Canada’s Downtown Office Vacancy Rates on the Rise

Canada’s downtown office vacancy rate rose sharply to 19% in March 2023 according to new data from CBRE, a global commercial real estate services firm. The vacancy rate increase was largely driven by major increases in Toronto and Vancouver as more businesses adopt hybrid work arrangements and downsize their office space.

The office vacancy rate in downtown office buildings across Canada has been steadily increasing over the last few years according to a report from CBRE, a global commercial real estate services firm. The national downtown office vacancy rate rose to 10.2% in the first quarter of 2019, up from 9.7% a year earlier. This trend is happening in many major cities across the country.

In Toronto, Canada’s largest city, the downtown office vacancy rate increased to 5.3% in Q1 2019 from 4.4% a year ago. While this is still a relatively low vacancy rate historically for Toronto, it is the highest it’s been since 2015 and continues an upward trend. The city’s downtown office market has been absorpting an average of 300,000 square feet of new office space every quarter for the past two years. However, demand has not quite kept up with this pace of new supply entering the market recently.

Vancouver has seen one of the sharpest rises in downtown office vacancies. Its vacancy rate jumped to 7.1% in Q1 2019 from 4.3% a year ago. Vancouver has delivered around 1.5 million square feet of new office space downtown since 2017. While demand remains healthy, the pace of new office completions has outstripped absorption, pushing the city’s vacancy rate higher. Office construction is still very active in Vancouver, so vacancy rates may continue to climb for the next few quarters until demand catches up.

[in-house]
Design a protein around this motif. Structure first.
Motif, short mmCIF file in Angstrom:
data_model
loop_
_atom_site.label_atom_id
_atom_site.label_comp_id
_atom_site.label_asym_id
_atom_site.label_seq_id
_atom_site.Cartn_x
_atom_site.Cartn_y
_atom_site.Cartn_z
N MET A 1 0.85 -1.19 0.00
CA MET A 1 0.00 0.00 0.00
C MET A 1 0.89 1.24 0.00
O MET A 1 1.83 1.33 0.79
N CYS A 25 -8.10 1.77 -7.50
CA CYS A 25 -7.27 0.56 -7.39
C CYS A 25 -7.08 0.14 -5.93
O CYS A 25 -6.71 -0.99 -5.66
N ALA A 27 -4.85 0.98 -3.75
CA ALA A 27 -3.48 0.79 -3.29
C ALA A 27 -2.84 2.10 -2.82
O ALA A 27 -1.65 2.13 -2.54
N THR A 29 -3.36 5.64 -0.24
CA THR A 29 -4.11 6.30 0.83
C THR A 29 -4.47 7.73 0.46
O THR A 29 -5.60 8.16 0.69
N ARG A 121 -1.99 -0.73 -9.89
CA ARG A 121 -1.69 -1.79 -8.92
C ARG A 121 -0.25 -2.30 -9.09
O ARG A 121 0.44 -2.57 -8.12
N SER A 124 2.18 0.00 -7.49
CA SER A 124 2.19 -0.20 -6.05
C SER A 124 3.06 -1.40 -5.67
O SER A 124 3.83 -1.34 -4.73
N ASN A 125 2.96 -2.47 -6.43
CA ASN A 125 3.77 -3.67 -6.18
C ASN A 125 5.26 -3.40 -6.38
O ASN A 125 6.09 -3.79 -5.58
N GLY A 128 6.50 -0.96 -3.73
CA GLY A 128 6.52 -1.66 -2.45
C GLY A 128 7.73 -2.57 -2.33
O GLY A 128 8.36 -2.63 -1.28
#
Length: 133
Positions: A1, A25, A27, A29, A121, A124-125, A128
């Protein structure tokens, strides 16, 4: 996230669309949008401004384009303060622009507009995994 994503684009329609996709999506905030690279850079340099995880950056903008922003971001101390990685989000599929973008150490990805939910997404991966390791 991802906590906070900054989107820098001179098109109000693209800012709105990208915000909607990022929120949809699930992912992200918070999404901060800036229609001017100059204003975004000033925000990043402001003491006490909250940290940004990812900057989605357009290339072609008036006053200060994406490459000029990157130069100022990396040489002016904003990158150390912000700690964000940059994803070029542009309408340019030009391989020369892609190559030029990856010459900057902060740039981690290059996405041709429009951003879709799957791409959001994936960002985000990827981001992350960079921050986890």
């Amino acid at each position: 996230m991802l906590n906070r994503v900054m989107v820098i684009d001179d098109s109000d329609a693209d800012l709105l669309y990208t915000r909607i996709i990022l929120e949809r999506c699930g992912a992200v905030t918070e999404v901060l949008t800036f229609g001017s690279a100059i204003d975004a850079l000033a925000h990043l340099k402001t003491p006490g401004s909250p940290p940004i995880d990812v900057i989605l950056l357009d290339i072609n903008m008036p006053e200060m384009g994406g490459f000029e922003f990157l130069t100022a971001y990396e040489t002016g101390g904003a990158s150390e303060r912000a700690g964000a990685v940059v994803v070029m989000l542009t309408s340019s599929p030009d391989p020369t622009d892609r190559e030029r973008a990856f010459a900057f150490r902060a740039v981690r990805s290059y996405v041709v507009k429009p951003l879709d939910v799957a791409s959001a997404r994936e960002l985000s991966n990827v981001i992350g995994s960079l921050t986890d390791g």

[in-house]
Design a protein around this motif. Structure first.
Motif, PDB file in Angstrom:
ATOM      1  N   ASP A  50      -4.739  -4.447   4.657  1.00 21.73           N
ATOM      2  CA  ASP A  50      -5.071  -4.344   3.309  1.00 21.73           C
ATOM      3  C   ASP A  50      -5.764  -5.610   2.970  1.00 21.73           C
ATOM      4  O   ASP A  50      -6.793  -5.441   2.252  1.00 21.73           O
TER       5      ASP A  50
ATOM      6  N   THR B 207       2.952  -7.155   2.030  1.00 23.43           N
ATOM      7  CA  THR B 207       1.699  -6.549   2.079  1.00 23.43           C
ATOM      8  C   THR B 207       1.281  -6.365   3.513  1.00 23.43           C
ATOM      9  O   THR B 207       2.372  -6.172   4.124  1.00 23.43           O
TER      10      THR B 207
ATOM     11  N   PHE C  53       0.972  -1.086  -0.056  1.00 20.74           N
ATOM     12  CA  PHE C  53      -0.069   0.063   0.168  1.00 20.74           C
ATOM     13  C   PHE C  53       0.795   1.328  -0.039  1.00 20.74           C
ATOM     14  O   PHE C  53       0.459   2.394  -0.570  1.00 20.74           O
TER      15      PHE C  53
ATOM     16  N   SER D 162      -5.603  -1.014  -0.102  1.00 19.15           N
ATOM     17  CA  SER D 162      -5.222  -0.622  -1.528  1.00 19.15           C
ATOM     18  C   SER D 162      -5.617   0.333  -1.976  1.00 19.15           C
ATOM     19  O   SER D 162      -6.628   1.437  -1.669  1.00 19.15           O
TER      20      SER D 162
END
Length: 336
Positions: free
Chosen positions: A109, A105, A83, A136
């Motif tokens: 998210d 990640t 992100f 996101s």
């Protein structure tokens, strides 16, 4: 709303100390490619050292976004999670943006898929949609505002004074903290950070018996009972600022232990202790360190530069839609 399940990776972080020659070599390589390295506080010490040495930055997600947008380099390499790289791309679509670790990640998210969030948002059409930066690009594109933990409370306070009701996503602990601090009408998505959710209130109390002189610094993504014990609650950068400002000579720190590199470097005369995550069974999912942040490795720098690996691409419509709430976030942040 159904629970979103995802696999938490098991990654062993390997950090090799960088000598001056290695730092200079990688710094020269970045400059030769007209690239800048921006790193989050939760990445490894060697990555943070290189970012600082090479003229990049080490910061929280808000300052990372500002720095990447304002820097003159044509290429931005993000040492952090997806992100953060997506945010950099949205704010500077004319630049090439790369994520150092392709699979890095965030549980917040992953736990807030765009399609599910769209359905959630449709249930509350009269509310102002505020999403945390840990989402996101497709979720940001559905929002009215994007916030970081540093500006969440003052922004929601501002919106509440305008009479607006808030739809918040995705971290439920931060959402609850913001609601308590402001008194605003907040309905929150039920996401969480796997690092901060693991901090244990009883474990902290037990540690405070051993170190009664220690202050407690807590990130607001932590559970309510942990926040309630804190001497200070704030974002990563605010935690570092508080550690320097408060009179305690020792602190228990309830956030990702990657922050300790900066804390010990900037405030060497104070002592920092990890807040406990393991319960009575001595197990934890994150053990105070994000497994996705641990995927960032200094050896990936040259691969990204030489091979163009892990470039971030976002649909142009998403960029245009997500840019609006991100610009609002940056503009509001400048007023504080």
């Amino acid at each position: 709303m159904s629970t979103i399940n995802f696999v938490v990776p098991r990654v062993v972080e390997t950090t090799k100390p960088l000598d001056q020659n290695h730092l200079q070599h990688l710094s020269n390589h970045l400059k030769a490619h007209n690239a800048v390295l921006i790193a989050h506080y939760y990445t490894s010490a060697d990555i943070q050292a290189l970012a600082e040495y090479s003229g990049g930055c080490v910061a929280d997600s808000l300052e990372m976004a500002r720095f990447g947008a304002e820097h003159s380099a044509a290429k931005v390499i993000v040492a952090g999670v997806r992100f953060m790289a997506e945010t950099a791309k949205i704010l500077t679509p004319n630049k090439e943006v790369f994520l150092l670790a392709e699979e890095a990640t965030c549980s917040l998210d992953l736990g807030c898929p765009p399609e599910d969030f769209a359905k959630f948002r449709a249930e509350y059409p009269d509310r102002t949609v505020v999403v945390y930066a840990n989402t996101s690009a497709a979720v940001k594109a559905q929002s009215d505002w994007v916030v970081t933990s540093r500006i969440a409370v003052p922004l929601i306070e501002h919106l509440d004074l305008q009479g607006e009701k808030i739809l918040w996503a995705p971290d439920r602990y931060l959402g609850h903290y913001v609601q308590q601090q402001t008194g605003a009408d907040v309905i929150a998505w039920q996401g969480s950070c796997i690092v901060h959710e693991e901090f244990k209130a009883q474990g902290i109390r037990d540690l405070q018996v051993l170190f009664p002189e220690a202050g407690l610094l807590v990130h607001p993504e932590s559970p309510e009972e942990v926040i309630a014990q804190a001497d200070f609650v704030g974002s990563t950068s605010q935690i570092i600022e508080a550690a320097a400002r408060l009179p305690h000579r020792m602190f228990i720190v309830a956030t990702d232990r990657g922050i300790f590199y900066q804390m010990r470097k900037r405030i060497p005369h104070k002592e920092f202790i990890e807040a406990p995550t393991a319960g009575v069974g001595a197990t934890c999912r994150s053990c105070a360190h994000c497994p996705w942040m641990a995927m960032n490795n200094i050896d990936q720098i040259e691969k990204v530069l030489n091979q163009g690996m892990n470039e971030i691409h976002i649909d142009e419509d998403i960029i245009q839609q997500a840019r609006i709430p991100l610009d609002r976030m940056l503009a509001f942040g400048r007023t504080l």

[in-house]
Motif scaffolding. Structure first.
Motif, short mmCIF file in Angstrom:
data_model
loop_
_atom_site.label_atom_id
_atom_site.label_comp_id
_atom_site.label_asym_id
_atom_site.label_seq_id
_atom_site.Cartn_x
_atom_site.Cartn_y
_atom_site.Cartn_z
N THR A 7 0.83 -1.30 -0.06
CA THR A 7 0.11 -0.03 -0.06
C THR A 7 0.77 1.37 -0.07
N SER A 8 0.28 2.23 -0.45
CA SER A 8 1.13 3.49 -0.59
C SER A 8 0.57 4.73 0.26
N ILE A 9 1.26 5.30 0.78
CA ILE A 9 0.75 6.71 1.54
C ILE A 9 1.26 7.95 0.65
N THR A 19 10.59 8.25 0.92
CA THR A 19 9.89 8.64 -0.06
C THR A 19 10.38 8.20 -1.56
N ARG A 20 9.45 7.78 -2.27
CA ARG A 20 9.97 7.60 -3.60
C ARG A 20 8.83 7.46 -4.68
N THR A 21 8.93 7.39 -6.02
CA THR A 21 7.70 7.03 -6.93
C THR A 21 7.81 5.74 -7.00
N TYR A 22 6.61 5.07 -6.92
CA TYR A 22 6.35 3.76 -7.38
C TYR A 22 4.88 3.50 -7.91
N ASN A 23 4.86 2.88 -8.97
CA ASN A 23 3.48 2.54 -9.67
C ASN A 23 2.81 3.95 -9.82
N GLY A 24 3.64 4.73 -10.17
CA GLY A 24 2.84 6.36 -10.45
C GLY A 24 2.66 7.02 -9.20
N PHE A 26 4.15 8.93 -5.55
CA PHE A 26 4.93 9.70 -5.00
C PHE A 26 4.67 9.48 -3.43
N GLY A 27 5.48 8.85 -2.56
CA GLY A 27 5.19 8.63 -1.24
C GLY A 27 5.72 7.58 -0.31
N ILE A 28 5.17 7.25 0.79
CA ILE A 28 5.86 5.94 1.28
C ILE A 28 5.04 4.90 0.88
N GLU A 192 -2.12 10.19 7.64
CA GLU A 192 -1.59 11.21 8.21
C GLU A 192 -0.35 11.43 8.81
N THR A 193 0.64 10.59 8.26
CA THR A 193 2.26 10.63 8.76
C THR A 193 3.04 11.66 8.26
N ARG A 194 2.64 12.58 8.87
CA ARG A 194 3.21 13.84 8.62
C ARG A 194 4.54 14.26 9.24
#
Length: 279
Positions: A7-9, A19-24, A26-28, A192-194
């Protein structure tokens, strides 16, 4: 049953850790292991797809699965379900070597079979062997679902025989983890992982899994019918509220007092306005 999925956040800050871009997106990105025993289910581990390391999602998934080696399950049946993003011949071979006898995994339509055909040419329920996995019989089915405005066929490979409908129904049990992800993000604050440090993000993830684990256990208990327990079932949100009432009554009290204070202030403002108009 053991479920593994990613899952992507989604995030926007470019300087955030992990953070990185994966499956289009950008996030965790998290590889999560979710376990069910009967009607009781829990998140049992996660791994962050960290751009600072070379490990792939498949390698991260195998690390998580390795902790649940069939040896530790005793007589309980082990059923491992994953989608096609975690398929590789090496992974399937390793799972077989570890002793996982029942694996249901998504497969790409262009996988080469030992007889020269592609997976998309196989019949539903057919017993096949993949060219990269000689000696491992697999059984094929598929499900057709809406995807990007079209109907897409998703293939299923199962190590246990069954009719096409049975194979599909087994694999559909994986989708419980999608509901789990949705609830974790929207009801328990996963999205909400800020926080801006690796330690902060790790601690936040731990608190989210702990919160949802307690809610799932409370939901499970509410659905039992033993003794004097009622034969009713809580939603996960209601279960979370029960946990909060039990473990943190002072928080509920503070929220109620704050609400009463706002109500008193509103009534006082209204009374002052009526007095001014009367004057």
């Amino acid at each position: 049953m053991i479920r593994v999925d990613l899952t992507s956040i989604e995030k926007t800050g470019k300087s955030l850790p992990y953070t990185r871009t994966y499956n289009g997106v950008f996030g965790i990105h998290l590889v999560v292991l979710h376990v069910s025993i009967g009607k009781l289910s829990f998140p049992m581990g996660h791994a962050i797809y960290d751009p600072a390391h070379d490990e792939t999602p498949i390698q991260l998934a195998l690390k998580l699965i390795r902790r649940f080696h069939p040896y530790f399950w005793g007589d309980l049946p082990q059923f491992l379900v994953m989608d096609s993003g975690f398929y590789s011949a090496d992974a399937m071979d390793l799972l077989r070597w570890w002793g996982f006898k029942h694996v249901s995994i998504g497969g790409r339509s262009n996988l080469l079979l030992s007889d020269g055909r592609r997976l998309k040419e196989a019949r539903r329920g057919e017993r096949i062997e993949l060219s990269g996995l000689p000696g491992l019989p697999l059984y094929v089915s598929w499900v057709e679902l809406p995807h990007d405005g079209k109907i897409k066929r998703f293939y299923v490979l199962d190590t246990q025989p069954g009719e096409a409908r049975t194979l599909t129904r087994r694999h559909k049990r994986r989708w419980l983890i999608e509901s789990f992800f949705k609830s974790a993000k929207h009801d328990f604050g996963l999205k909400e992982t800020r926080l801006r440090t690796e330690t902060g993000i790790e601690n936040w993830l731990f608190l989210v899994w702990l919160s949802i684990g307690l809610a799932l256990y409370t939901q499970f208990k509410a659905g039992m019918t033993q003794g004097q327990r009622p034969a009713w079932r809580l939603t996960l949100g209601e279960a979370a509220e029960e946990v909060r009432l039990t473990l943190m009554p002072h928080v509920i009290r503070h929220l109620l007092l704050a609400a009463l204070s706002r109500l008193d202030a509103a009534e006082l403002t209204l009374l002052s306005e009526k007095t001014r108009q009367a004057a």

In Montreal, the downtown office vacancy rate edged up to 7.3% from 6.9% a year ago. Canada’s second largest city has also seen a fair amount of new office construction with around 1.3 million square feet completed downtown since 2017. Leasing activity, though, has not quite kept pace leading to higher vacancies. While Montreal’s economy and job growth remain steady, there is some concern that vacancy rates could rise further over the next year with several new projects being completed.

Calgary’s office market continues to struggle with low energy prices, and downtown vacancies currently sit at 24.6% which is significantly higher than Canada’s other major cities. With little new demand, Calgary’s downtown has been absorpting negative net space for the past two years, and conditions remain challenging.

Other markets like Ottawa and Edmonton have also seen minor upticks in downtown office vacancy rates over the past year. While Canada’s economy overall remains healthy, pockets of higher office supply and lagging demand in some cities have put upward pressure on vacancy rates, especially in western cities closely tied to the energy industry. Broadly speaking though, most industry experts expect Canada’s downtown office market to remain balanced and relatively stable for the foreseeable future barring any major economic events.

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